Even though no medication currently holds an FDA indication for gambling disorder, pharmaceutically addressing the comorbidities improves the prognosis.

For example, certain opioid antagonists, effective in reducing alcohol cravings, may outperform placebos in treating gambling addiction. Antidepressants such as escitalopram have shown potential in treating the severity of gambling disorders in individuals with concurrent anxiety and gambling disorders. However, the medication approach needs further research.

Support Groups

Participation in peer support programs is a great option when combined with professional treatment. Programs like Gamblers Anonymous and a 12-step program offer a platform for participants to meet and share experiences.

Gambling Addiction − Final Considerations

For sustained remission, healthcare providers must adopt an all-inclusive approach to gambling disorder, first identifying and treating dual conditions that may be causing the severity of the addiction. Effective interventions consistently integrate professional care with the support of peer networks.

If you recognize potential symptoms in someone close to you, offer support and guide them toward the help they need.

People Also Ask

What is the main cause of gambling addiction?

Gambling addiction is rooted in psychological factors such as thrill-seeking behavior, dopamine release and the illusion of control. Genetic predispositions, substance abuse and mental health disorders also enhance the vicious cycle.

What is a gambling addict?

A gambling addict feels a compulsive need to gamble despite negative consequences. This addictive behavior is characterized by an inability to control or stop gambling despite efforts to do so.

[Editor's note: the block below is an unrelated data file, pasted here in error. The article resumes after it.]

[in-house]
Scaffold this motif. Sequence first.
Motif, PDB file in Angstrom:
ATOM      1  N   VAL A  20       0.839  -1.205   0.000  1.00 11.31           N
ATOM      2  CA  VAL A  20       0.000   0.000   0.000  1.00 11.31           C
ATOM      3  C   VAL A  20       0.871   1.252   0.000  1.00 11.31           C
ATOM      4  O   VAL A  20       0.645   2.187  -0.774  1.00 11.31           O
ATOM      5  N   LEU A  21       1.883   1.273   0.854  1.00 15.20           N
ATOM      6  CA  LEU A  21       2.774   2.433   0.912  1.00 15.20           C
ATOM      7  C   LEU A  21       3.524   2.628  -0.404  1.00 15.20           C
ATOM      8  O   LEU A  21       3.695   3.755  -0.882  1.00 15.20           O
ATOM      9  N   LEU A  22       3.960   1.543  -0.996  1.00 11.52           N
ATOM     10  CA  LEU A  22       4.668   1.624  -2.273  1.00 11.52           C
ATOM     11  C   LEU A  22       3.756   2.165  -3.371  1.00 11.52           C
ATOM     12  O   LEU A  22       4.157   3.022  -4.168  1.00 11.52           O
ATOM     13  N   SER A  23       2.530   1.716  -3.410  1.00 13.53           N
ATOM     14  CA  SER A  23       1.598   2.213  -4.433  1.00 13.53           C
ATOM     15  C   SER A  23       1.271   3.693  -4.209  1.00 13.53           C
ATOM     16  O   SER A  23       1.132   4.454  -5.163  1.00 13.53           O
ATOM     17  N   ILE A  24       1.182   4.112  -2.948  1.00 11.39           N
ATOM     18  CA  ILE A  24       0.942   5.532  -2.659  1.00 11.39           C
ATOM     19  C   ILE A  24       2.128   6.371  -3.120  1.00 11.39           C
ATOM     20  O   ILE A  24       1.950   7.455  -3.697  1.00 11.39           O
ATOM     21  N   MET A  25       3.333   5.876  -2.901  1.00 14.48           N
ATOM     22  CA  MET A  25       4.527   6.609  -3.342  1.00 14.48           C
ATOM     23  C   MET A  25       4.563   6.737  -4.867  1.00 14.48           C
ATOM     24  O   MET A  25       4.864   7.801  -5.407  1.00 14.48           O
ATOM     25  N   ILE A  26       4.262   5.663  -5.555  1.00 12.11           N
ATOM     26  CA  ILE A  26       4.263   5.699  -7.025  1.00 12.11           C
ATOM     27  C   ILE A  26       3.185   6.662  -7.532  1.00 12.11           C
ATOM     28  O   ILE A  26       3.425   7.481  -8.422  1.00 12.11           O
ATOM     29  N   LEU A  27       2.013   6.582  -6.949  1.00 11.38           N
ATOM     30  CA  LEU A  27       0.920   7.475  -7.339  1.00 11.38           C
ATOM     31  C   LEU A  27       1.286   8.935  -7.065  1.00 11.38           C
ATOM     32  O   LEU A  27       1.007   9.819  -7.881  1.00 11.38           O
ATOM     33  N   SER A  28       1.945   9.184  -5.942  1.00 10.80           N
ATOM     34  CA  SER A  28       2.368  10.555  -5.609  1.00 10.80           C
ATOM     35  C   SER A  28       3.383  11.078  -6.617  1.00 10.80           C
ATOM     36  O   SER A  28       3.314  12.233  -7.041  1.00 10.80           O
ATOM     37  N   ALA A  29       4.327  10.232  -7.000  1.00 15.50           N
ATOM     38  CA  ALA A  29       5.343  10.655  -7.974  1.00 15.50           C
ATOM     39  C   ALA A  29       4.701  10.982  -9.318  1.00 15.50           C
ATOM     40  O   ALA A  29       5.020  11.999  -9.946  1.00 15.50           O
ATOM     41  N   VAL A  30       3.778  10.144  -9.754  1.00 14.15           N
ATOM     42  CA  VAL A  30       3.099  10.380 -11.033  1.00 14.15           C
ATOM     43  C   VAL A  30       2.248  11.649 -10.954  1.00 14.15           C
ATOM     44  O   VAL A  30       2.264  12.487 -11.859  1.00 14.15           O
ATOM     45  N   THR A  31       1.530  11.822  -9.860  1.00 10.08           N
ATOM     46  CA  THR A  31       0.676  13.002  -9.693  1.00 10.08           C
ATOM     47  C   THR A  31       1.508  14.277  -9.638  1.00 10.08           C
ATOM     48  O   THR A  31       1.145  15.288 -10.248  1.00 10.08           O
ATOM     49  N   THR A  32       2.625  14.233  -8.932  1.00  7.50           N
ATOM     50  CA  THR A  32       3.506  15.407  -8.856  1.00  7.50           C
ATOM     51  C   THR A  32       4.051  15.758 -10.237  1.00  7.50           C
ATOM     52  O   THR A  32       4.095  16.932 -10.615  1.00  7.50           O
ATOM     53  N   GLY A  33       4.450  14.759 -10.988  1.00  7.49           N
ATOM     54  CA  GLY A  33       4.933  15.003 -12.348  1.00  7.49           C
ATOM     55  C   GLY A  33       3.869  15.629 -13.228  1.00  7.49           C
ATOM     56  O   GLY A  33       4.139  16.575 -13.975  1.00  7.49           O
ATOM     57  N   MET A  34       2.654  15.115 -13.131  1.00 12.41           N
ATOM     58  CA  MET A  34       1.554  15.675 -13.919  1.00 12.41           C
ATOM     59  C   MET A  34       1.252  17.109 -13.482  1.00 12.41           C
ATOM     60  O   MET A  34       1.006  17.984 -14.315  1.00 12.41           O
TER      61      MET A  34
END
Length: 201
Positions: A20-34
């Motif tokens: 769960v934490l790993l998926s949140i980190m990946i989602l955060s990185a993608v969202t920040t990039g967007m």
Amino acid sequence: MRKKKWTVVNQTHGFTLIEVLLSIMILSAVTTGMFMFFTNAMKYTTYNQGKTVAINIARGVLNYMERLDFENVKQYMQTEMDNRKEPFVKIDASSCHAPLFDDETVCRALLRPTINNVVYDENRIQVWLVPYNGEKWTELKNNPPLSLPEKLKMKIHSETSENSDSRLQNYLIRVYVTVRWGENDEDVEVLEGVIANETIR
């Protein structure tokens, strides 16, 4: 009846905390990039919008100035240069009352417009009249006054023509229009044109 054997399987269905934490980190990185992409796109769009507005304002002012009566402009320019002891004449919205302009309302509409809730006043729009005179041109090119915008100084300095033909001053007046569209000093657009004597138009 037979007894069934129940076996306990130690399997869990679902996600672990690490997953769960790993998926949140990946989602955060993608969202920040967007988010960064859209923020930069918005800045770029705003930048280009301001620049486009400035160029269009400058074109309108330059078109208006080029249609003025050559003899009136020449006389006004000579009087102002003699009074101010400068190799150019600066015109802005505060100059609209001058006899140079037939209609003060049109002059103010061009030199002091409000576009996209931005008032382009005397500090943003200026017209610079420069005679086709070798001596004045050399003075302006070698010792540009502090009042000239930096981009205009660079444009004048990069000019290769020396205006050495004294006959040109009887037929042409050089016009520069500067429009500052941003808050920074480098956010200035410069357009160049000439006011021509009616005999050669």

Why people don’t stop gambling?

Addicted gamblers can’t stop gambling due to the thrill of the risk, the hope of winning big, and commonly to ease negative feelings caused by depression, anxiety or other mental health disorders.

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Page Sources

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  5. Petry, N. M., Stinson, F. S., & Grant, B. F. (2021, February 4). Comorbidity of DSM-IV Pathological gambling and other Psychiatric Disorders: Results from the National Epidemiologic Survey on Alcohol and Related Conditions.
  6. Gambling disorder. (2022, August 15). Yale Medicine.
  7. Kayser, A. (2019). Dopamine and Gambling Disorder: Prospects for Personalized Treatment. Current Addiction Reports, 6(2), 65.
  8. Hing, N., Smith, M. C., Rockloff, M., Thorne, H., Russell, A., Dowling, N. A., & Breen, H. (2022). How structural changes in online gambling are shaping the contemporary experiences and behaviours of online gamblers: an interview study. BMC Public Health, 22(1).
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Published on: April 18th, 2017

Updated on: May 15th, 2024